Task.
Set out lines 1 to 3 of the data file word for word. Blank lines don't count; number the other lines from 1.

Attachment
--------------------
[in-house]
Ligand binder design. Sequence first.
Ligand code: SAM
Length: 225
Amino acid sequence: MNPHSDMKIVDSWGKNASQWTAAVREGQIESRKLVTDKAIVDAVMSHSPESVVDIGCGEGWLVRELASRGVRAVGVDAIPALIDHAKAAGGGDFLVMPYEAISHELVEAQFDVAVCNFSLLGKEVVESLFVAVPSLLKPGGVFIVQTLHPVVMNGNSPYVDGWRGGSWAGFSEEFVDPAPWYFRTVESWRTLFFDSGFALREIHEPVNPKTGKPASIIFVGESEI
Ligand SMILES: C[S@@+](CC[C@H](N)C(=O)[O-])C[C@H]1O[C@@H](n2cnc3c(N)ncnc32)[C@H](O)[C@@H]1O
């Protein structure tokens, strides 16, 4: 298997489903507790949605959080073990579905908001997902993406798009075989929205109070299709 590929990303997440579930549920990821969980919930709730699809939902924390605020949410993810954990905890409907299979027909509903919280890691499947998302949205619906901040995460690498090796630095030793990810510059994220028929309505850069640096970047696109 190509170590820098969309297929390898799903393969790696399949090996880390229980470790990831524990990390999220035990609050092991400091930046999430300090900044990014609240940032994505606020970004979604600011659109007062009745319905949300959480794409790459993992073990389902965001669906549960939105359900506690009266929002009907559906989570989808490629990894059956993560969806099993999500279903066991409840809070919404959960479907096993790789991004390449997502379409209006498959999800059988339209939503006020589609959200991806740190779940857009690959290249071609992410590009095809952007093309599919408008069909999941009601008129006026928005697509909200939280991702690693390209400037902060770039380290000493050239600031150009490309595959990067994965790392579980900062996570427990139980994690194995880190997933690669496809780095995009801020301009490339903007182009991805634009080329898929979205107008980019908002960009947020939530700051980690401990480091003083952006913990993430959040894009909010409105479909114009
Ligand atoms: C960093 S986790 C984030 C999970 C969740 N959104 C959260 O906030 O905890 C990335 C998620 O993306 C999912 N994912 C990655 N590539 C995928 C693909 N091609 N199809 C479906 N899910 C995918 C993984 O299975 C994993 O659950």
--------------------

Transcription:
[in-house]
Ligand binder design. Sequence first.
Ligand code: SAM